Wednesday, July 13, 2016

Thinking at the keyboard in Strong-Style pairing

For the last two weeks, a little researcher in me has enjoyed the opportunity to eavesdrop on two programmers pairing. Don't get this post confused with stuff I talk about when I speak of my work, as for the past two weeks, I've been on vacation. That means I do whatever I feel like, without having to consider what my company expects or would benefit from.

This pair of programmers is an interesting mix. They shared an interest to a problem that needs an open source solution (a testing tool). They are pairing on a problem one knows deeply, and on language the other knows deeply. In fact, the first developer had his first experience on the language three weeks ago in a code retreat trying it out on pairing on game of life.

They pair remotely, sharing voice and screen and I can recognize that they are doing strong-style pair programming, without ever agreeing specifically on the style.

In strong-style pair programming, for an idea from your head to get to the keyboard must go through someone else's hands. A phrase often used around teaching this style is "no thinking at the keyboard" as driver, and this dynamic was particularly fascinating to monitor.

It's clear in this pair that the one who knows the problem deeply is the one navigating - hands off keyboard. This is probably also a result of the fact that he does not have a development environment in the language set up at all, so they will be working on the other's computer. He is navigating by concepts. Also, it's clear that over the two weeks, the navigator who did not know the language before has become very comfortable with the language, picking up ways of how to do the conceptual things as they go on with the implementation.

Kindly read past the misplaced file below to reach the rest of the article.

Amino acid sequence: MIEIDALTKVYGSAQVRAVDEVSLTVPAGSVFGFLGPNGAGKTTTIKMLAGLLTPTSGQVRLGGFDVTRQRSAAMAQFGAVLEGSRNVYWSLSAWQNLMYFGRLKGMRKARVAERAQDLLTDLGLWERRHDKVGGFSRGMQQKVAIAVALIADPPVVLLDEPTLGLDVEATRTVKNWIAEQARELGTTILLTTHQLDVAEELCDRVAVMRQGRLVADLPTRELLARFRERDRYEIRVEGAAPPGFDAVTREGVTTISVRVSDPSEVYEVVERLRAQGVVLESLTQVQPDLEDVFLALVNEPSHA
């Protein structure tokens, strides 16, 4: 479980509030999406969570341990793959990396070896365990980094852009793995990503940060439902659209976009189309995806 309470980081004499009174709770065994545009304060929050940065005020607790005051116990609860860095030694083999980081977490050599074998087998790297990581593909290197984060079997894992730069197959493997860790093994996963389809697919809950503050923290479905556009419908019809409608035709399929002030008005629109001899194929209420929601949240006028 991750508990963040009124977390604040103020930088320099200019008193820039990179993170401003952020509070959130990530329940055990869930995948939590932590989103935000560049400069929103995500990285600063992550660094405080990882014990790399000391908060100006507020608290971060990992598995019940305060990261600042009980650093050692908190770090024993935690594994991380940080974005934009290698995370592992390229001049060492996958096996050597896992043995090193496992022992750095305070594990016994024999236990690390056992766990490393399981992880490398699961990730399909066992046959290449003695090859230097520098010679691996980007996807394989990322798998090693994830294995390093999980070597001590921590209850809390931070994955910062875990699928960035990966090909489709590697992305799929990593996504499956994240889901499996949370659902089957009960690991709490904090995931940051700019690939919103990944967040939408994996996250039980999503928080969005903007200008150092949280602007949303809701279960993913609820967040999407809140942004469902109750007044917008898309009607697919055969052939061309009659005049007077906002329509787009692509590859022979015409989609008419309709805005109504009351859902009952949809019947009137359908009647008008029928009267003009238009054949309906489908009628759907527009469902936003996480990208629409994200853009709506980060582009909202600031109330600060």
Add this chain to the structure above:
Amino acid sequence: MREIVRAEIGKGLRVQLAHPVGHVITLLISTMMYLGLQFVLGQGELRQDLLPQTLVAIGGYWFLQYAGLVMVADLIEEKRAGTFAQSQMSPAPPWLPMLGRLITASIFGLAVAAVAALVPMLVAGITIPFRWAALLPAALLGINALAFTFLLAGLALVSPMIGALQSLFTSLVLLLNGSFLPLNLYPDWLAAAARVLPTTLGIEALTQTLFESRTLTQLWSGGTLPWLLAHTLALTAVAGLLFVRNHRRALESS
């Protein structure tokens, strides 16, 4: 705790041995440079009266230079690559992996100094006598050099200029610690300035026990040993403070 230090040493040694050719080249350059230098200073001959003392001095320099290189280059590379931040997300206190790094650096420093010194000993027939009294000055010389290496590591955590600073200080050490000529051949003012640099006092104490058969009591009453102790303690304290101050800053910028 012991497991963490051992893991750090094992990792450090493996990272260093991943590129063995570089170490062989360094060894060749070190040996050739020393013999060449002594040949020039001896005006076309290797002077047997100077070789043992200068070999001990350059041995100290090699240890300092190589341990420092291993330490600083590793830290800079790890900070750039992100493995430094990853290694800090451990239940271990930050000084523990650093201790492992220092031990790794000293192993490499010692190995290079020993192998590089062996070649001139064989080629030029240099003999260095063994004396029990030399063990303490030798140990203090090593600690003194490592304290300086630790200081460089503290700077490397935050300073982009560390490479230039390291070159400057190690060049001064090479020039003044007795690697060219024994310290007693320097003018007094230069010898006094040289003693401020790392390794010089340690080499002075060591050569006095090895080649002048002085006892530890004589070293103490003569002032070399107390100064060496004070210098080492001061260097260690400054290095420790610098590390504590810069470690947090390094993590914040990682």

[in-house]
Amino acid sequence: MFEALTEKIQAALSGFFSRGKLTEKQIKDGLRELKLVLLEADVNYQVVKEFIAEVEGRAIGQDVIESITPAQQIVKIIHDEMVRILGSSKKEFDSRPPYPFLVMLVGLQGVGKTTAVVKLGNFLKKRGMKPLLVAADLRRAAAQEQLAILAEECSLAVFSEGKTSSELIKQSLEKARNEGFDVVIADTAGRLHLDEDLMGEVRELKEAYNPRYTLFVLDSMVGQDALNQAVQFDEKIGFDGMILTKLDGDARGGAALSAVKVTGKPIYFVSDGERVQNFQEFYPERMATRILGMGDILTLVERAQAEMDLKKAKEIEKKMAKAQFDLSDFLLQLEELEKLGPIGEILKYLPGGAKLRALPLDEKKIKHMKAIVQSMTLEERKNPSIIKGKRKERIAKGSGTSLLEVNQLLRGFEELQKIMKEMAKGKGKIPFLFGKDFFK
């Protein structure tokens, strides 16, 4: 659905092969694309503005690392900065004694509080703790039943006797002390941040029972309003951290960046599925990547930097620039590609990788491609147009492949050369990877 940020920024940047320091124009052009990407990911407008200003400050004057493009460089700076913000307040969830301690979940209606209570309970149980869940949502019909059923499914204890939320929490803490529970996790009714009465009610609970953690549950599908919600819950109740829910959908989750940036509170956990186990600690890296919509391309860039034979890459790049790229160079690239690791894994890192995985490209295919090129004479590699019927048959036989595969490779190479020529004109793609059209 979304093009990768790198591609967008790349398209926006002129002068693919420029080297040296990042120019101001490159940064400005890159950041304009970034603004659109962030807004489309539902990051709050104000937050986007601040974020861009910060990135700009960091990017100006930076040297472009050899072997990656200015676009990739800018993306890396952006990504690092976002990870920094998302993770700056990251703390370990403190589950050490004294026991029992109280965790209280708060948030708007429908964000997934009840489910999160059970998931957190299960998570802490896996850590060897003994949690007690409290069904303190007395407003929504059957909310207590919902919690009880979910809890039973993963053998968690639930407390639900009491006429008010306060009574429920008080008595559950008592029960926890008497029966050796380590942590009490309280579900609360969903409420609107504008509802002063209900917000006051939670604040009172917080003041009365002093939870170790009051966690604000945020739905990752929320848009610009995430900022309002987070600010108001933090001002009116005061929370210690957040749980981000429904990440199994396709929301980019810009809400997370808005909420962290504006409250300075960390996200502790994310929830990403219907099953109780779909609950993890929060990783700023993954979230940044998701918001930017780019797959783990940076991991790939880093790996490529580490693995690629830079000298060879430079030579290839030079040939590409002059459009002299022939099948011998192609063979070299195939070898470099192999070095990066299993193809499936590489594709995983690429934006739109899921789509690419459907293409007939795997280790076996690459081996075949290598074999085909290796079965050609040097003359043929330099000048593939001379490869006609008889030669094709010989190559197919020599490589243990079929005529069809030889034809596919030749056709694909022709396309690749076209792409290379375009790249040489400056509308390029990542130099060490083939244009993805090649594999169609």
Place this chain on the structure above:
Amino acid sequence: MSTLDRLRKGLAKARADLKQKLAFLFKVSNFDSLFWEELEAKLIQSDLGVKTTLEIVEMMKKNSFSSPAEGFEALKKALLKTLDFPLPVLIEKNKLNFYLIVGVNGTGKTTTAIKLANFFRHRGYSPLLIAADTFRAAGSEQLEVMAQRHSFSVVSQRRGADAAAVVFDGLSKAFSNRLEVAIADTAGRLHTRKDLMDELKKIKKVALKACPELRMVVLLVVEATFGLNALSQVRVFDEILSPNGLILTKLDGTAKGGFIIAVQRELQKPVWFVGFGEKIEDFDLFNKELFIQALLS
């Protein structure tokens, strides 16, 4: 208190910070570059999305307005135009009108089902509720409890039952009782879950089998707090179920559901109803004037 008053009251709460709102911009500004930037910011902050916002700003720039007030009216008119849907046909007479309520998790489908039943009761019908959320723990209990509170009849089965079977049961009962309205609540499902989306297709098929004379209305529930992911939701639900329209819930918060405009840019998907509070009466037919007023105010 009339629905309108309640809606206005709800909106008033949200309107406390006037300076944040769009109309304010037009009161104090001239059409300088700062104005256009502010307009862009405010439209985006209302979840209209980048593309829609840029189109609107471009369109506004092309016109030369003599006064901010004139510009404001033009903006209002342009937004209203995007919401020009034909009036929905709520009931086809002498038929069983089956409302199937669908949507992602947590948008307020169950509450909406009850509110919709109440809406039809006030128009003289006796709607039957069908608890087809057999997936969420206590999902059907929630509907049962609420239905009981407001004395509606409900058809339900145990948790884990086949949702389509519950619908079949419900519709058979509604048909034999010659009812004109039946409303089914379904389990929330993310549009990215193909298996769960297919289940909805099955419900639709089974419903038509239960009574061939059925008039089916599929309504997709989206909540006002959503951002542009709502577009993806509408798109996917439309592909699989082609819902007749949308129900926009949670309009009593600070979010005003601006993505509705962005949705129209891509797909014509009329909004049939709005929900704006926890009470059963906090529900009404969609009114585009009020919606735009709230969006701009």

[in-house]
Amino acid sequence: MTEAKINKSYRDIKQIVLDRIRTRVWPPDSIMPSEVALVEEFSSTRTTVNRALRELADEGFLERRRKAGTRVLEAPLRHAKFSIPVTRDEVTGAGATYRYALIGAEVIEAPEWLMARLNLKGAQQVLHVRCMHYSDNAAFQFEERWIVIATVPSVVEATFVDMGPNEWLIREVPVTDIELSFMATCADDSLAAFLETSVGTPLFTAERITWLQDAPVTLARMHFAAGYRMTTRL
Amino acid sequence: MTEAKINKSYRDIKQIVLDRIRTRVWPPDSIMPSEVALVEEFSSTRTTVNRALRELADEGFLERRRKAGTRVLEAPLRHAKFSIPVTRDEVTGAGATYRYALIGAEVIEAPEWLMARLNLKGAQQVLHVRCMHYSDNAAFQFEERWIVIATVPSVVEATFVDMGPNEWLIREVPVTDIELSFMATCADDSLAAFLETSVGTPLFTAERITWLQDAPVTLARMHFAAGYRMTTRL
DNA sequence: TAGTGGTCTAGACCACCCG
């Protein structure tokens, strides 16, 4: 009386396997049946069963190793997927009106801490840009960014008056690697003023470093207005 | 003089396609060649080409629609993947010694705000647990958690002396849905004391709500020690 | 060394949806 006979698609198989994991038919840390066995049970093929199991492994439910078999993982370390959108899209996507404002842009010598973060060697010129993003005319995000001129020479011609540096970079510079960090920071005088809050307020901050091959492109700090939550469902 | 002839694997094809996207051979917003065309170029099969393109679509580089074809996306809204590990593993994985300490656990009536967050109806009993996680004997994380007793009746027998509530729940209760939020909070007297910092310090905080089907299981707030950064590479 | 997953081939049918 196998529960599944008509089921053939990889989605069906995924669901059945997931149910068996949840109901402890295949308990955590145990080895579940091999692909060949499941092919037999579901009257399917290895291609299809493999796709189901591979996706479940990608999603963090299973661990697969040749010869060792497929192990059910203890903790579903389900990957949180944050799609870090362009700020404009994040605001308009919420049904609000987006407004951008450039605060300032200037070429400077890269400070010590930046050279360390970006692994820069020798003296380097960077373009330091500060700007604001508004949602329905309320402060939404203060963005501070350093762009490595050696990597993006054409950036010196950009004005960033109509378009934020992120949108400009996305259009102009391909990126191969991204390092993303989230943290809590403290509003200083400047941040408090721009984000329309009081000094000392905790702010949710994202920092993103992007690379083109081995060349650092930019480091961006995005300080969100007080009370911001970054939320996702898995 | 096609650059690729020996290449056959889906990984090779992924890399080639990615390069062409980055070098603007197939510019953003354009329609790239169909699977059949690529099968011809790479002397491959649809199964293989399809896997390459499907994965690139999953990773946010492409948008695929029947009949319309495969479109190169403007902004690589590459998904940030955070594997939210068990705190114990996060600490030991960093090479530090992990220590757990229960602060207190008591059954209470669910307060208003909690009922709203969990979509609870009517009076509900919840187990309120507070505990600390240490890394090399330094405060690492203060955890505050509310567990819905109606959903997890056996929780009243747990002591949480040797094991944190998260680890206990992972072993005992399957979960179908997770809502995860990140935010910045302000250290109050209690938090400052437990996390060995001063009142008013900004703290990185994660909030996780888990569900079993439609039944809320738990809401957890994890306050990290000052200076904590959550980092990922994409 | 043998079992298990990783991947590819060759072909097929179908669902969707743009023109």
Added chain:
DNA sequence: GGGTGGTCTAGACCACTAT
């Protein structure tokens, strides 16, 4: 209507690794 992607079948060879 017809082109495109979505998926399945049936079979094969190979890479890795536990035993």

Listening to them, I feel more that the simplification of saying "no thinking at the keyboard" is harmful one. It's "no decisions of direction at the keyboard". There's plenty of thinking happening, and in this pair, it's very obvious that both programmers bring in a piece of the puzzle and neither could implement the solution all by themselves.

Eavesdropping on programmers also reminds me on the stuff I think while eavesdropping. It makes me generate ideas of what I would test if I would test that stuff. Some of it would be stuff that in a mob I would correct/contribute right away. Others I would intentionally part for later, as I feel they would just divert focus now. 

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